“We have prepared a ballistic missile for carrying a satellite for civilian purposes … but some people sent it to the warehouse after a threat by the Americans. This behavior is humiliating,” he said.

Earlier this month, U.S. President Donald Trump imposed new sanctions on entities and individuals who support Iran’s ballistic missile program.

Last month, Iranian media reported the Revolutionary Guard launched several sophisticated rockets during military exercises in the country’s central desert.

Trump Puts Pressure On The Iranian Horn

Trump administration pledges ‘great strictness’ on Iran nuclear deal

A staff member removes the Iranian flag from the stage after a group picture with foreign ministers and representatives of the U.S., Iran, China, Russia, Britain, Germany, France and the European Union during the Iran nuclear talks at the Vienna International Center in… REUTERS/Carlos Barria/File Photo

U.S. President Donald Trump’s administration pledged on Tuesday to show “great strictness” over restrictions on Iran’s nuclear activities imposed by a deal with major powers, but gave little indication of what that might mean for the agreement.

The 2015 deal between Iran and six major powers restricts Tehran’s nuclear program in exchange for the lifting of international economic sanctions against the Islamic Republic.

Trump has called the agreement “the worst deal ever negotiated”. His administration is now carrying out a review of the accord which could take months, but it has said little about where it stands on specific issues.

The Trump administration also gave few clues about any potential policy shift on Tuesday in a statement to a quarterly meeting of the U.N. nuclear watchdog’s Board of Governors.

“The United States will approach questions of JCPOA interpretation, implementation, and enforcement with great strictness indeed,” the statement to the International Atomic Energy Agency’s (IAEA) 35-nation board said, citing the deal’s full name: the Joint Comprehensive Plan of Action.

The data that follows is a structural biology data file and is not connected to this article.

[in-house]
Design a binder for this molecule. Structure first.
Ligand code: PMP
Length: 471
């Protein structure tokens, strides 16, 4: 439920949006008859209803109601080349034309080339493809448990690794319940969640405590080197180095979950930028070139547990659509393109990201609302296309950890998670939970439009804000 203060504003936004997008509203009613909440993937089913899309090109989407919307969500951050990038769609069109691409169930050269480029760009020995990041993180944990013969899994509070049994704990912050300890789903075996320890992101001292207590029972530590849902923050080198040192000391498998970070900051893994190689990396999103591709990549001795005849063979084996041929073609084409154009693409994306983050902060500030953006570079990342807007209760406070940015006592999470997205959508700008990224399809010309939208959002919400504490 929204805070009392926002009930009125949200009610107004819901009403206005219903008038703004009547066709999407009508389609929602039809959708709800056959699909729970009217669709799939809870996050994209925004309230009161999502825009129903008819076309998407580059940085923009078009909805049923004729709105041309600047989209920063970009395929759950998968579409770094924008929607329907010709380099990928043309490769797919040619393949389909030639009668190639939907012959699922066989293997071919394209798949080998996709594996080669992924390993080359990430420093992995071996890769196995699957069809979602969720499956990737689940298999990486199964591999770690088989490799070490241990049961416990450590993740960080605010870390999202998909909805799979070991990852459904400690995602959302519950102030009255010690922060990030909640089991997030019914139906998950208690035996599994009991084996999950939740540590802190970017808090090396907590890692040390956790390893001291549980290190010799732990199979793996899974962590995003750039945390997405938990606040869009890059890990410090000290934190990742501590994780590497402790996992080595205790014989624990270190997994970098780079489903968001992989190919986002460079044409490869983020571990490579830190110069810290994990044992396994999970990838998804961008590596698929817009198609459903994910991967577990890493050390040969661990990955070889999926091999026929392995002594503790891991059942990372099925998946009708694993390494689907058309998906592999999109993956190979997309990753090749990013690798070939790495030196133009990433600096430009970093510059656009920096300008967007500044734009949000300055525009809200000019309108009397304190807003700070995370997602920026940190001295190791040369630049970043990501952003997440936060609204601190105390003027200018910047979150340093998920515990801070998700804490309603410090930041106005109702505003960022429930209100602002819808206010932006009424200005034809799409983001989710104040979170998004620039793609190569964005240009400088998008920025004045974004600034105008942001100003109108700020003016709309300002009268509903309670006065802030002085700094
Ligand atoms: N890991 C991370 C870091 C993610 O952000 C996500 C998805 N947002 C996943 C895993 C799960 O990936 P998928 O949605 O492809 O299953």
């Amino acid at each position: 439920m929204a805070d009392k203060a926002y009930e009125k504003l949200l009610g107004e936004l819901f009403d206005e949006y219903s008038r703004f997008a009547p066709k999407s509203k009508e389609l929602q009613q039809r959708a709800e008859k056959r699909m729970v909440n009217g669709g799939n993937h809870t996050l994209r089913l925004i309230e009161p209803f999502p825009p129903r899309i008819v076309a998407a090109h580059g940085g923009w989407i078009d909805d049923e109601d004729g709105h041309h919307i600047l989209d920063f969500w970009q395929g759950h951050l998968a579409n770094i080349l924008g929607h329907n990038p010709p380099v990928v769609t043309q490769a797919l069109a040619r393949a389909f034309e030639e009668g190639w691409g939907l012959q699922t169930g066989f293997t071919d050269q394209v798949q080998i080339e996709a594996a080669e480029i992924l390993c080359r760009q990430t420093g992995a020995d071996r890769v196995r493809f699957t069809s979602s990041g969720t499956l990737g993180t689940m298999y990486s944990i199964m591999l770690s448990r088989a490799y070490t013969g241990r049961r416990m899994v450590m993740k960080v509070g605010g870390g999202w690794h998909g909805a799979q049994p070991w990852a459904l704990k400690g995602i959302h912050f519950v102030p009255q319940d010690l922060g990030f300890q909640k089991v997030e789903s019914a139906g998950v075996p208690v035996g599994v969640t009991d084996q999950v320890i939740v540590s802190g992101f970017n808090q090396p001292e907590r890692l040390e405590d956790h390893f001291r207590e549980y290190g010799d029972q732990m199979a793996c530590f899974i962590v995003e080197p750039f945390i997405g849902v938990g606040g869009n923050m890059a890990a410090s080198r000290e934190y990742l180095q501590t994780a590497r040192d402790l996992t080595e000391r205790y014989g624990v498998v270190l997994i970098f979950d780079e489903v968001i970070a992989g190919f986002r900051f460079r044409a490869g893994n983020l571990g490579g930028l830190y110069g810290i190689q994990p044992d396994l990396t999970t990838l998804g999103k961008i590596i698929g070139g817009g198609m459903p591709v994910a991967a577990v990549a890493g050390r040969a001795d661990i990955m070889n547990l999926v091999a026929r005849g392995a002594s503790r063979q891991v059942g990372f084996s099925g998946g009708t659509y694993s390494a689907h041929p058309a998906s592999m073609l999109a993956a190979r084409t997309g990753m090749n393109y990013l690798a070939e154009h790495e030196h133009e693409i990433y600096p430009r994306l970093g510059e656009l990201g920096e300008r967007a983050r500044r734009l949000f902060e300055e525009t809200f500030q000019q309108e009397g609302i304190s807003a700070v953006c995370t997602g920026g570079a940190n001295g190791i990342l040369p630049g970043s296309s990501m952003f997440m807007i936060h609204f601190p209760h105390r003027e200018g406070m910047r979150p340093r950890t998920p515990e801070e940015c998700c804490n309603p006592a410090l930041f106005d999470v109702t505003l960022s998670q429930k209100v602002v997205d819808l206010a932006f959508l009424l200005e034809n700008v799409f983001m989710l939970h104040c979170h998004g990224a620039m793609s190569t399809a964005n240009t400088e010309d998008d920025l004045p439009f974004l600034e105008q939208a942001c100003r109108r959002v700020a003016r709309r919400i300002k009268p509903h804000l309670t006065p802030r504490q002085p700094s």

But the U.S. statement, the first to the Board of Governors since Trump took office in January, also repeated language used by the administration of former U.S. president Barack Obama, for whom the deal was a legacy achievement.

“Iran must strictly and fully adhere to all commitments and technical measures for their duration,” it said – wording identical to that used in the U.S. statement to the previous Board of Governors meeting in November.

The IAEA, which polices the restrictions on Iran’s nuclear activities under the deal, last month produced a quarterly report saying that Iran’s stock of enriched uranium had halved after coming close to a limit imposed by the agreement.

That report was the first to specify how much enriched uranium Iran has, thanks to a series of agreements between Tehran and major powers clarifying items that would not count toward the stock.

Some major powers had criticized previous reports for not being specific enough on items such as the size of the enriched uranium stock, and the U.S. statement called for future reports to be as detailed.

“We welcome inclusion of the additional level of detail, and expect it will continue in the future,” it said.

(Reporting by Francois Murphy; Editing by Gareth Jones)